Pictorialist Photography: Characteristics and Representatives

Pictorialist Photography: Characteristics and Representatives

Pictorialist photography was an art movement that appeared in the 1880s and existed till the 1920s. Pictorialist photographers were inspired by the work of Pre-Raphaelites, impressionists, painters of the Barbizon school, and Austrian symbolists, as well as French Art Deco and German Jugendstil.

Characteristics of Pictorialist Photography

The purpose of pictorialist photography was not to refute academic principles or prove the benefits of the new methods. Pictorialist photographers sought to recreate painting aesthetics in photography. They usually repeated plots and compositions of notable paintings by impressionists and Pre-Raphaelites. The main features of Pictorialism were blurred images and contours creating the haze effect. These works reminded of charcoal and watercolor drawings. Such effect was achieved due to special lenses, the use of light-sensitive silver salts, a bromoil printing process, and some other techniques. Photographers tried to emphasize their works uniquely by customizing each negative, marking prints with monograms, and designing with passe-partout and frames.

The British photographer Peter Henry Emerson was one of the pioneers of the movement. When developing the concept and artistic tools, he used Hermann von Helmholtz’s theory of visual perception and attention, suggesting that a human eye can focus on just the central part of the image while the periphery remains blurred.

Pictorialist Photography: Characteristics and Representatives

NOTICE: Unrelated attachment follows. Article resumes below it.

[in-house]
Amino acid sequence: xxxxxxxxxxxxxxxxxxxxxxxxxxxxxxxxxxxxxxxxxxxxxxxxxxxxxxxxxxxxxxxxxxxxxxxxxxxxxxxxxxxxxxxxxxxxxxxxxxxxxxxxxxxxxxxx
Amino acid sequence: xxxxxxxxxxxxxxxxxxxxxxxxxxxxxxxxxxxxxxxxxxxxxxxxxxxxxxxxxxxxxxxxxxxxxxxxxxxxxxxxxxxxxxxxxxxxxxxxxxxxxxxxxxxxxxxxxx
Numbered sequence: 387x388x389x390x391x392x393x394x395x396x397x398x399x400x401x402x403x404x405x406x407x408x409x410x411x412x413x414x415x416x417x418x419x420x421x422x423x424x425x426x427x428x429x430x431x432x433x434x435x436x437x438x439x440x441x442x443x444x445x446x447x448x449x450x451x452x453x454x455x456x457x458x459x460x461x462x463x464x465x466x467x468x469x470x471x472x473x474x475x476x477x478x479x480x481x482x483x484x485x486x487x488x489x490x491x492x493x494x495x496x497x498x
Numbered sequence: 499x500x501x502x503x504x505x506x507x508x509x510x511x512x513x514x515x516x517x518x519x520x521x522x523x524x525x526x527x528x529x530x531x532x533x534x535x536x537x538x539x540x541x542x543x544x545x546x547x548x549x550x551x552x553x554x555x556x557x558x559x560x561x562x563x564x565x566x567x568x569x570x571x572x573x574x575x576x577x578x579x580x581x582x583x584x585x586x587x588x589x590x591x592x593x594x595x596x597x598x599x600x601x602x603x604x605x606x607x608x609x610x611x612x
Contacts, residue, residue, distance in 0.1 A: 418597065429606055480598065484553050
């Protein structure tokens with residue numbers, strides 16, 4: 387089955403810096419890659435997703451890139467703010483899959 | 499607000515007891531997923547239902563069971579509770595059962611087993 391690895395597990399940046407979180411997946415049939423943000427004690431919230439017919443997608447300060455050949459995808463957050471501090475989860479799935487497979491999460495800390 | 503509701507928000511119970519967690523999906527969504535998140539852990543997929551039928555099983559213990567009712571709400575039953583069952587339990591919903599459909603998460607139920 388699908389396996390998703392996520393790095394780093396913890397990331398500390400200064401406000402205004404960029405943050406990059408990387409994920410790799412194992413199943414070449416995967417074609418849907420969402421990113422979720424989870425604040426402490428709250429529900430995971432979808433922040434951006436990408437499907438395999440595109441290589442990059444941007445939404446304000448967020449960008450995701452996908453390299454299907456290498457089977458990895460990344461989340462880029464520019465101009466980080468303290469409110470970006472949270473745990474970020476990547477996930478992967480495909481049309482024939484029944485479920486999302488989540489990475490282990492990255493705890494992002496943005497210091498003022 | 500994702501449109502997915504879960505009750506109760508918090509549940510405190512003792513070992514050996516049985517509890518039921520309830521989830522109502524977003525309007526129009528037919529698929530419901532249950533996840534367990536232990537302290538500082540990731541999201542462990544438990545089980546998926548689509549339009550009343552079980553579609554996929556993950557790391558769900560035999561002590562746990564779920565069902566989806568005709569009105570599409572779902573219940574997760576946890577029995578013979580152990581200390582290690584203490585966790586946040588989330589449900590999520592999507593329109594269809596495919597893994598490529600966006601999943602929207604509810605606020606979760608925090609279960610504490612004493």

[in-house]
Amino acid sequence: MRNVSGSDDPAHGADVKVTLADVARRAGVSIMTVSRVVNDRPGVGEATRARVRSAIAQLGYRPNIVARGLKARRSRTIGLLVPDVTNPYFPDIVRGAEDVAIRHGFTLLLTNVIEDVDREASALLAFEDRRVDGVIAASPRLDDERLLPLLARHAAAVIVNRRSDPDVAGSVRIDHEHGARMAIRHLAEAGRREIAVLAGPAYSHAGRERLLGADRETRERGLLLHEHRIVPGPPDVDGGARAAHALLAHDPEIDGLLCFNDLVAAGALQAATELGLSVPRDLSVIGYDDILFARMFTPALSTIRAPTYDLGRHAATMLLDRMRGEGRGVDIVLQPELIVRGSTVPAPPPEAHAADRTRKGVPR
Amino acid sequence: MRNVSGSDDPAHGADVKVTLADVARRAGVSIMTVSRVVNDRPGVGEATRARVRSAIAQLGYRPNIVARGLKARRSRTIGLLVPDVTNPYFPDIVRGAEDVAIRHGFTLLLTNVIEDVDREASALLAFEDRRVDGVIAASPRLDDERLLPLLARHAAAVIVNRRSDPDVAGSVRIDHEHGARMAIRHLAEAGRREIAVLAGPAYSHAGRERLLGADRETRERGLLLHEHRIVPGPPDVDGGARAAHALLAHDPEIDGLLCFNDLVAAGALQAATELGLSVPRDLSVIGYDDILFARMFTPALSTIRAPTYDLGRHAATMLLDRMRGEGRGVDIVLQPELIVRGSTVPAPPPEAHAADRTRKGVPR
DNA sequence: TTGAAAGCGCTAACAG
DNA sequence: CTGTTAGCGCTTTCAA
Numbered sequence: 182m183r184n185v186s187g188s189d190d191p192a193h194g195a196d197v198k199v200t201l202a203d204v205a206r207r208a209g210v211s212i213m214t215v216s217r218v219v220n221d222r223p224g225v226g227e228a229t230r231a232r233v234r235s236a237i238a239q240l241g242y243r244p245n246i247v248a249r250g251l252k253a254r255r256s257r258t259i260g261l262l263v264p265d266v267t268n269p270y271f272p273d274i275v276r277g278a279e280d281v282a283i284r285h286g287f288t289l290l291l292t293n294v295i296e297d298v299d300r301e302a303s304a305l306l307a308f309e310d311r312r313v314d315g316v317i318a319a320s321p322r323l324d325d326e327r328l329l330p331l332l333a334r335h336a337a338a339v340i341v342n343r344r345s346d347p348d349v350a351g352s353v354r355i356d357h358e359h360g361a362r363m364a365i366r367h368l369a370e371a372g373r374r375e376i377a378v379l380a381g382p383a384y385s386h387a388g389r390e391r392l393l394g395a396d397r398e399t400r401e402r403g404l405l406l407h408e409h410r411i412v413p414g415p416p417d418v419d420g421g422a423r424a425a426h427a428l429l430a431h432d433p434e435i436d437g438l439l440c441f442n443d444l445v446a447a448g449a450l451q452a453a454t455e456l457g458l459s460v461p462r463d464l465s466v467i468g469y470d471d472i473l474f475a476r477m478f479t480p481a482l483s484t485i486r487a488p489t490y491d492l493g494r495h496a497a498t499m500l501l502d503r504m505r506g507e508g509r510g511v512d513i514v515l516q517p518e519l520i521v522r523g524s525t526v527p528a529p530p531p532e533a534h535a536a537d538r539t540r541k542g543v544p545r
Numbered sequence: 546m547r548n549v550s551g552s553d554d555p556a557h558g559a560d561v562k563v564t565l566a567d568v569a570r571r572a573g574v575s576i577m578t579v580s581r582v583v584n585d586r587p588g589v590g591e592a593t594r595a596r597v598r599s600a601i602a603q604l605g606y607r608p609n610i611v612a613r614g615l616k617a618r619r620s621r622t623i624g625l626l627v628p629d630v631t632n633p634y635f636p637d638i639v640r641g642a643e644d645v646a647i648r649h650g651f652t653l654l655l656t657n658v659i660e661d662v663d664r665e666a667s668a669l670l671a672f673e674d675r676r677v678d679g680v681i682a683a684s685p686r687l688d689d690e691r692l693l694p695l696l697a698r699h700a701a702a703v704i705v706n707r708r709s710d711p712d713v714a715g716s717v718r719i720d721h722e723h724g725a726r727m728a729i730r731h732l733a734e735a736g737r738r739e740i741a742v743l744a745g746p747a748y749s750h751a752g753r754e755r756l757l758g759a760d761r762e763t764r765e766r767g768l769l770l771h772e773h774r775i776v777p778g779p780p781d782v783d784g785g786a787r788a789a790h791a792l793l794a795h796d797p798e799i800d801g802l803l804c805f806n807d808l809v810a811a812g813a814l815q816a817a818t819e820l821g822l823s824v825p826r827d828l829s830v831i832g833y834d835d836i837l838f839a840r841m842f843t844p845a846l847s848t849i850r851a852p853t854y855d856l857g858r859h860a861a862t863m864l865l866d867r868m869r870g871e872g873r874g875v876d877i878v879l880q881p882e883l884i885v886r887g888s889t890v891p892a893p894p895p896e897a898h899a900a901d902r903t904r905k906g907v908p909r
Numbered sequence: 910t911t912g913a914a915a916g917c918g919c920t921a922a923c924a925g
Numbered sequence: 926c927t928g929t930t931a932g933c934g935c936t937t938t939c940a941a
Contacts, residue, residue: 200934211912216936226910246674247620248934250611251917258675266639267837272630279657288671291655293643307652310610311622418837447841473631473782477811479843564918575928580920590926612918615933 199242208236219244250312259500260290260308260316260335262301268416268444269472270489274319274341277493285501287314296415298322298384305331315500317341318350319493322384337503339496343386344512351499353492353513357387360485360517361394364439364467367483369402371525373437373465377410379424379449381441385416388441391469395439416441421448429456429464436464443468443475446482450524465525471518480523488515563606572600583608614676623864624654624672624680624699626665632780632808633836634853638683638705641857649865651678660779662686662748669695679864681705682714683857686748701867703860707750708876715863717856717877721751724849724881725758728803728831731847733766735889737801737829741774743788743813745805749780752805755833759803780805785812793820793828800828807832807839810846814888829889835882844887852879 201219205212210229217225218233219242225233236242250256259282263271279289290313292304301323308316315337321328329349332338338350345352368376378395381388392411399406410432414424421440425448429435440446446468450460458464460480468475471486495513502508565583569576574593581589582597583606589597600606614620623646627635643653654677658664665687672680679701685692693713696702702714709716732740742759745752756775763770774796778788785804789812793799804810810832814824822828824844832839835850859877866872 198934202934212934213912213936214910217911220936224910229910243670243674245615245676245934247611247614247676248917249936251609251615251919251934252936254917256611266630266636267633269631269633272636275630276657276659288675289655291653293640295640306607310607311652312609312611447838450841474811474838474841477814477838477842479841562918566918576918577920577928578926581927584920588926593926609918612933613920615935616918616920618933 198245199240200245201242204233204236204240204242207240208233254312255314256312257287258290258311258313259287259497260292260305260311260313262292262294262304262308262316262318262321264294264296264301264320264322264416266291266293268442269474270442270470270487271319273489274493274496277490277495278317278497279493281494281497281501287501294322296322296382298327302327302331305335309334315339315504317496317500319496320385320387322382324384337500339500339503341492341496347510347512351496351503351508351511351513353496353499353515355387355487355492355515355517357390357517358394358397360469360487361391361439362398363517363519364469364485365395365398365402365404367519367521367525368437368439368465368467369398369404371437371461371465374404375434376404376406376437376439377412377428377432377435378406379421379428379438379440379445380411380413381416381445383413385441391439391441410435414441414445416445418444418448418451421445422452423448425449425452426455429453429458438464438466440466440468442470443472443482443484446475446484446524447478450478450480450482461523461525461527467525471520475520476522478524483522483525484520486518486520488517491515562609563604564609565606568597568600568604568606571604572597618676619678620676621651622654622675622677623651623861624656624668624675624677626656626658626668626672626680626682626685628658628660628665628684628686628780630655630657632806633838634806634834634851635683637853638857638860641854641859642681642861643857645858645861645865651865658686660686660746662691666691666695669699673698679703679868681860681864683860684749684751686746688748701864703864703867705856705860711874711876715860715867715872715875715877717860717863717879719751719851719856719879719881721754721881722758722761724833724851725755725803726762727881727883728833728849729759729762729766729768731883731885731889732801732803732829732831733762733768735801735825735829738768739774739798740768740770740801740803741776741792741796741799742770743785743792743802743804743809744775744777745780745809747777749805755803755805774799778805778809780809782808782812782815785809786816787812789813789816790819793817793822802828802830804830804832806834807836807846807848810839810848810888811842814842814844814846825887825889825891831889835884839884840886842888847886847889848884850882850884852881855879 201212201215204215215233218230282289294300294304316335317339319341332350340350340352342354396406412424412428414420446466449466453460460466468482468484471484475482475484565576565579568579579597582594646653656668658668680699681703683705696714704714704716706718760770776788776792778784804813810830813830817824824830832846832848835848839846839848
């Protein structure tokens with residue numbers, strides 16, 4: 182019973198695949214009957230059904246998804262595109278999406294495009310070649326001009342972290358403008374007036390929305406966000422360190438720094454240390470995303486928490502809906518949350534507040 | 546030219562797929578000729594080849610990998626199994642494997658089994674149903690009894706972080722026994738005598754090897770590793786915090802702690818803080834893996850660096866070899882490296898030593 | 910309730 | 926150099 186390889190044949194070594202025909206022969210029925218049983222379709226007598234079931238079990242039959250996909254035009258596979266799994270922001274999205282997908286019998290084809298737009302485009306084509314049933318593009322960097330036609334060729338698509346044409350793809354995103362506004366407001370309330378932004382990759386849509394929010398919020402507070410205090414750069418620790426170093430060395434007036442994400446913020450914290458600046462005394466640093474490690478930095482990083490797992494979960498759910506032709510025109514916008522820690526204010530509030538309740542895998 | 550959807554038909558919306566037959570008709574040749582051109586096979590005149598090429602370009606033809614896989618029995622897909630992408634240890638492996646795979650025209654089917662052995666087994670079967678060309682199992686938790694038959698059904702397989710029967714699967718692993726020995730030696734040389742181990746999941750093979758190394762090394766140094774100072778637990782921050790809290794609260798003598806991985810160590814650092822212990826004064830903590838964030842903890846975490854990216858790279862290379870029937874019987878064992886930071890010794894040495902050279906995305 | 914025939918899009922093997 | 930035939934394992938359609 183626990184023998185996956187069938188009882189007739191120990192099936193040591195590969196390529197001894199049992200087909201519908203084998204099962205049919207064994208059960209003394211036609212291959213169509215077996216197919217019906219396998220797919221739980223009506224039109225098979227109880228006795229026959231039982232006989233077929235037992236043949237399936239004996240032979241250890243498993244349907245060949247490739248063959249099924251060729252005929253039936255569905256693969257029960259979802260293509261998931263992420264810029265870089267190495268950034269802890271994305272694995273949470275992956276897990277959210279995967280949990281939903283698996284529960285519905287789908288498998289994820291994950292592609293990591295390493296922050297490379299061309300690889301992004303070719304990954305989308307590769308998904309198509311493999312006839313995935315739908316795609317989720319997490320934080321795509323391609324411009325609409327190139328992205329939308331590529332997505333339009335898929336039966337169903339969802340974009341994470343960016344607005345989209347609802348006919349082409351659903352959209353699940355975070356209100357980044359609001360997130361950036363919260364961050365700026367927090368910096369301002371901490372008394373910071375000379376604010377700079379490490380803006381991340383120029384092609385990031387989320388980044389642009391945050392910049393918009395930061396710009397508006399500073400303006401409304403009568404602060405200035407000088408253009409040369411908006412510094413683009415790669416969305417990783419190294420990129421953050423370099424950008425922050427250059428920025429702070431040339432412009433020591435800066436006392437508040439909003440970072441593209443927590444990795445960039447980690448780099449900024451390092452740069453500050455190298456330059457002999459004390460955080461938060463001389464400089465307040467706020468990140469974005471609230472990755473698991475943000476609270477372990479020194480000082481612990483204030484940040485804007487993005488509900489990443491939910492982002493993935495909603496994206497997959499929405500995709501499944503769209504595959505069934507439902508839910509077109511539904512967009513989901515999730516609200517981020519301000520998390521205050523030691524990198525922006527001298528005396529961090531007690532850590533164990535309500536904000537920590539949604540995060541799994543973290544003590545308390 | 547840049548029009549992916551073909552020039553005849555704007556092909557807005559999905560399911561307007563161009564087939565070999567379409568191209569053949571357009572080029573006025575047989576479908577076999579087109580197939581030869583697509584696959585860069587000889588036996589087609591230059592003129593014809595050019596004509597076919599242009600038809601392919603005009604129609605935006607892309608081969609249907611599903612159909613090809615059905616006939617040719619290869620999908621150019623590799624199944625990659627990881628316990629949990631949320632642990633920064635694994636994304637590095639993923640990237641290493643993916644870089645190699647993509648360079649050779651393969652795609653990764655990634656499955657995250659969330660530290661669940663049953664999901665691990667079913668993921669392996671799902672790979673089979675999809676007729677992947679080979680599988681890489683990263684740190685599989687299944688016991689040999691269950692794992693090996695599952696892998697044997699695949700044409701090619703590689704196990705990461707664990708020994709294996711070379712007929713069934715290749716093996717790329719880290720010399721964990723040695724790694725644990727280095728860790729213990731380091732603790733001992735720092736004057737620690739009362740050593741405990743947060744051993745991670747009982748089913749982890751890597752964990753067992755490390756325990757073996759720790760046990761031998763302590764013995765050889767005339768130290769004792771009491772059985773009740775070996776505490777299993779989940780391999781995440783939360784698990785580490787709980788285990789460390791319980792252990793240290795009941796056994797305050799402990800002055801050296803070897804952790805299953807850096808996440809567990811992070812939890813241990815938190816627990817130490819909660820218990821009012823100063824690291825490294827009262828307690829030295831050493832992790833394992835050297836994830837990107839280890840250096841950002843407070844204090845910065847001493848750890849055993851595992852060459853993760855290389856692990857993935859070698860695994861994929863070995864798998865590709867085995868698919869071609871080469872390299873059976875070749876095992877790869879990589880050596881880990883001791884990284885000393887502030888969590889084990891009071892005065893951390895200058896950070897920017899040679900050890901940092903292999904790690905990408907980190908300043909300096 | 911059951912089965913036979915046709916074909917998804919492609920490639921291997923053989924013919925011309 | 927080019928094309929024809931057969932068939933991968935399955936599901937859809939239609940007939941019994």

Representatives of Pictorialist Photography

Pictorialism was especially popular in the United States and the countries of Western Europe, such as France, Great Britain, Germany, and Austria. Among the notable European pictorialist photographers were Heinrich Kühn, Frederick H. Evans, Robert Demachy, and Peter Henry Emerson. In the US, the art movement was developed by Clarence H. White, Edward Steichen, Alfred Stieglitz, and some other photographers. The latter was one of the most significant and influential figures in early 20th-century photography. It was thanks to Alfred Stieglitz that the Metropolitan Museum and other art institutions in America started to collect photography as an independent art form.

Pictorialism is a very interesting photography movement that had magnificent effects. However, it didn’t last long because its representatives tried to erase the line between painting and photography, which should exist. Photography is a separate form of visual art, with its own characteristics and features. Its uniqueness is in its difference from painting, but that doesn’t change the fact that pictorialist photography allowed artists to discover and demonstrate the new breadth of artistic tools and expression. It is no wonder that Pictorialism has its admirers to this day.